So how did those teams do in the big game? Not great, but certainly better than the 2000 unit did Sunday. In Super Bowl XXI, New York allowed Denver and John Elway to gain 372 total yards (320 passing). During the regular season that year, they allowed an average of only 297.3 yards per game (217.1 passing). Similarly, the Giants Super Bowl XXV defense bent a bit more than it had in the regular season, allowing 371 total yards (166 rushing); their average that season was 262.9 (91.2).

Statistically, the Super Bowl XXXV Giants actually bettered their regular-season numbers. They allowed Baltimore only 244 total yards (133 passing and 111 rushing), compared to 319.5 (206.9; 112.6) during the 2000 season. But whereas their Supe XXI and XXV predecessors kept high-octane offenses from taking off, these Giants failed to make big defensive plays on Sunday and allowed the previously powerless Ravens offense to generate 20 points.

A Michael Strahan sack aside, Big Blue’s big-time defensive players were a big bust. Jessie Armstead’s only highlight, an interception return for a TD, was called back on a (phantom) holding penalty. And cornerback Jason Sehorn was beaten deep on three plays—one for a TD, and two (fortunately) for Tent Dilfer overthrows.

“We played just well enough to lose,” Sehorn said after the game, speaking of the defense. Added Fassel, “We’ve got a good defense, we just got them in a hole.”

Unlike many championship-caliber teams, the Giants aren’t burdened by an untenable salary structure or a load of old, declining players. True, the average age of this year’s 22 offensive and defensive starters is 27.7, slightly higher than the ’86 (26.9) and ’90 (27.4) teams, but this figure is skewed by the organization’s decision to bring in veteran leadership via free agency last summer (in particular offensive linemen Parker, Brown, and Dusty Zeigler, and linebacker Mike Barrow). They are young at key positions—quarterback, running back, receiver, defensive line, defensive back—and have only two notable unrestricted free agents: Barber and Sehorn. With a 2000 payroll of $56.4 million (one of the lowest in the league), signing them should be no problem. Neither should the 2001 playoffs.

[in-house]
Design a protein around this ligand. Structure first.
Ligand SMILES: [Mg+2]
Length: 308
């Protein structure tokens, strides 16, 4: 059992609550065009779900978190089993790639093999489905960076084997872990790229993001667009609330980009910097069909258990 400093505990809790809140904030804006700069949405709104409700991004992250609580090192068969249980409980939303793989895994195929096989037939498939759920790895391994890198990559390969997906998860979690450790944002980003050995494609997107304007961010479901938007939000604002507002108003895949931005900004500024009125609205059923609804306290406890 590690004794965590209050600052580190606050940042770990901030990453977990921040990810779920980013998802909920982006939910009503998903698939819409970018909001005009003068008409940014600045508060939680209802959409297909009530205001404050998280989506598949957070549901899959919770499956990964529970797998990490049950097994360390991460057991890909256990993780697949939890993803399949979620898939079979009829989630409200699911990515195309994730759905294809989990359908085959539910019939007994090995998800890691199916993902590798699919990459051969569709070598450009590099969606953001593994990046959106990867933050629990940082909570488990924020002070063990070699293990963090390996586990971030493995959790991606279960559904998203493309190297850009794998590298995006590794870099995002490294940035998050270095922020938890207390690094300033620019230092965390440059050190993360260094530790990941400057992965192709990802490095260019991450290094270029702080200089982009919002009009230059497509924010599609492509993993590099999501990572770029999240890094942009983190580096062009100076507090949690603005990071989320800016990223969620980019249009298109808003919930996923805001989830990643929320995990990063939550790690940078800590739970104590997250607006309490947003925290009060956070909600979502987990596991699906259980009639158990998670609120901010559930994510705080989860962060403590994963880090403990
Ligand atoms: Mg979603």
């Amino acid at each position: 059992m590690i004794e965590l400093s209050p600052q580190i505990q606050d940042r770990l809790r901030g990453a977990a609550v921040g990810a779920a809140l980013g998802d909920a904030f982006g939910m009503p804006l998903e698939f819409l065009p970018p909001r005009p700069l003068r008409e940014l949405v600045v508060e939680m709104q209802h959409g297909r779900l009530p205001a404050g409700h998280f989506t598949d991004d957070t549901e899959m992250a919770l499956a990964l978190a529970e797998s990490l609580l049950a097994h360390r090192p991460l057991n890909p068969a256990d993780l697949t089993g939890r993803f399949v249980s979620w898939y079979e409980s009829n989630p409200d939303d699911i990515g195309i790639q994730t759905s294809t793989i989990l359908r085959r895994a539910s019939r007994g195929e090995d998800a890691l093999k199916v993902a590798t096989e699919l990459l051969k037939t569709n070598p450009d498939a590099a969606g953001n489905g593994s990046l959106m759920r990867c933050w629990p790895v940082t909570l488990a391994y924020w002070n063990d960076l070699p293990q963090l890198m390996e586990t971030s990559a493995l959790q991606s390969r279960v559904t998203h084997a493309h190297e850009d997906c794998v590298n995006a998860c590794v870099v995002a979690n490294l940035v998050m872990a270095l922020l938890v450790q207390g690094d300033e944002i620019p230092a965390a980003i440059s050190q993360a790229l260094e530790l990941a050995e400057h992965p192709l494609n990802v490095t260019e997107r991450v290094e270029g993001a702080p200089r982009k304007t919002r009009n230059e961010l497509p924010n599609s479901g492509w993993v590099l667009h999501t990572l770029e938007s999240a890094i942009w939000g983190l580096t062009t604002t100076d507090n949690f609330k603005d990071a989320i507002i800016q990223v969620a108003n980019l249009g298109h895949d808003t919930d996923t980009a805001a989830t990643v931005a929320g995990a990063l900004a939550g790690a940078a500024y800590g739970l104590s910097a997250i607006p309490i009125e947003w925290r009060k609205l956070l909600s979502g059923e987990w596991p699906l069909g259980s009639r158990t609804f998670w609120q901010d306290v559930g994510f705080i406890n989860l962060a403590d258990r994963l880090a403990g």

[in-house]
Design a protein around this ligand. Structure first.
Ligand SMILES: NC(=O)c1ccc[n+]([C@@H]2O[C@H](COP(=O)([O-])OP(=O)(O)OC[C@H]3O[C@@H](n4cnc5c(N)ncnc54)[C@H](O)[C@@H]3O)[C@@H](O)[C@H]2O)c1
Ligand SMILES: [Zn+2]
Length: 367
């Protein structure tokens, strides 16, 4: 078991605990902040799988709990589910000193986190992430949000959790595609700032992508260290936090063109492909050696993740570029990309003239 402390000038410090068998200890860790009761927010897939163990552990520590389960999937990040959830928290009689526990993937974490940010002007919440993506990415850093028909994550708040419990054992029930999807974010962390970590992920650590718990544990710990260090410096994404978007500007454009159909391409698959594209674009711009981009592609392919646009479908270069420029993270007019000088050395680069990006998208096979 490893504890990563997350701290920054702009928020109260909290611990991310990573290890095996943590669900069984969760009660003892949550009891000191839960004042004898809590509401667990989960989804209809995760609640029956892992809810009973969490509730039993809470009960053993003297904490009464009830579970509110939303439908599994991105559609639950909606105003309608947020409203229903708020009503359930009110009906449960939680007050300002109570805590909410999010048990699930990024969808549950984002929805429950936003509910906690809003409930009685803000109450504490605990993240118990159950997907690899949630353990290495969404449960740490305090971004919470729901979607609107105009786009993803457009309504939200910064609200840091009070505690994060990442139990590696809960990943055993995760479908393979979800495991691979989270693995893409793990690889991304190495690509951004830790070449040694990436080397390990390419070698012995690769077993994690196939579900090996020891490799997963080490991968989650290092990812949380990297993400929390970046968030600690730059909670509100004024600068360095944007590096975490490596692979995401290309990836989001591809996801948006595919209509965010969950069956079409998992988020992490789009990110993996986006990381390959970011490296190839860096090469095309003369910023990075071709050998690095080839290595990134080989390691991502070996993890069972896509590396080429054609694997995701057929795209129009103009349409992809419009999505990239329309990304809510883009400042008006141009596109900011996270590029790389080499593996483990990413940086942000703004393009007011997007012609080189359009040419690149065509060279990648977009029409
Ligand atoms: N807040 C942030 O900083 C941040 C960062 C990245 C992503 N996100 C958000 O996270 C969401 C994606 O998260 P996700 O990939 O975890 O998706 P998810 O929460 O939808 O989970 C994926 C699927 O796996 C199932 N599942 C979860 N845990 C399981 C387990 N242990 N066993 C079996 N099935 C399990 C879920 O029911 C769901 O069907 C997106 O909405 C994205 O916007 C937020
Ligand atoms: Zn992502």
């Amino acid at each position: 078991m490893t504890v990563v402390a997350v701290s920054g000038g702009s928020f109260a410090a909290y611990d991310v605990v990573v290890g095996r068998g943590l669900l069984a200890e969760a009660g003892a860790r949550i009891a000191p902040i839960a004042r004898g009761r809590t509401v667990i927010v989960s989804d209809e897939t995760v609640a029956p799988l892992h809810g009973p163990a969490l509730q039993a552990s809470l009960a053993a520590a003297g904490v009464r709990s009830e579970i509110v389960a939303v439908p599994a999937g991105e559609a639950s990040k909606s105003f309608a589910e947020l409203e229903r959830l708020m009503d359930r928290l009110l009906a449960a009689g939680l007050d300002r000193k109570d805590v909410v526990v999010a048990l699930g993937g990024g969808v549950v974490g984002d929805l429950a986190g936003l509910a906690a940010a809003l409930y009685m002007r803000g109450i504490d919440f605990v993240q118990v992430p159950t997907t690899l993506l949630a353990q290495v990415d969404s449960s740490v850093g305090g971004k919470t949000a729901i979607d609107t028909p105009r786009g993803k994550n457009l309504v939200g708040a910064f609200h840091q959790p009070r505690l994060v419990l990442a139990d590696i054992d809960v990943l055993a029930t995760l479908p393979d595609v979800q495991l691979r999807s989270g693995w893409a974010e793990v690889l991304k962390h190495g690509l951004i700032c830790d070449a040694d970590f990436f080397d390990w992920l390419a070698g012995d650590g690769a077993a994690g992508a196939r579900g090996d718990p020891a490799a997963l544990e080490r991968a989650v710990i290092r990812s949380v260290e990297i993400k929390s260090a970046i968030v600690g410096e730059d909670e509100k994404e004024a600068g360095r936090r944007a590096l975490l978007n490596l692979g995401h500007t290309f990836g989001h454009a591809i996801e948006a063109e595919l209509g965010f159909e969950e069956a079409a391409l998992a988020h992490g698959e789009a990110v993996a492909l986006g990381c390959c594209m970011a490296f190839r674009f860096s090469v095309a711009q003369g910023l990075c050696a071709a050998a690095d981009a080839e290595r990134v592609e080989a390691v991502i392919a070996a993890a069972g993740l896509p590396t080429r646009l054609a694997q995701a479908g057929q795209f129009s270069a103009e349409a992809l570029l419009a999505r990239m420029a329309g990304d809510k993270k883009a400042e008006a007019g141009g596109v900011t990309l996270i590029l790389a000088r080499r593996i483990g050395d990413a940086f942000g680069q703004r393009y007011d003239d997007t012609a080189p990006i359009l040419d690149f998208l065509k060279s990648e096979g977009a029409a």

“How good we’ll be next year depends on our turnover rate in the offseason,” Sehorn said in the sober postgame Tampa locker room. “It depends on who’s here and who’s not here.”

The veteran Barrow added, “One of our young players came up to me toward the end of the game and said something that meant a lot to me. He said, ‘You know, Mike, we got to keep the faith.’ It’s easy to talk about faith when you’re winning, but it’s a lot tougher when you’re losing. For a young player to say something like that after a game like this says a lot about the character of our team. I believe we’ll come back strong.”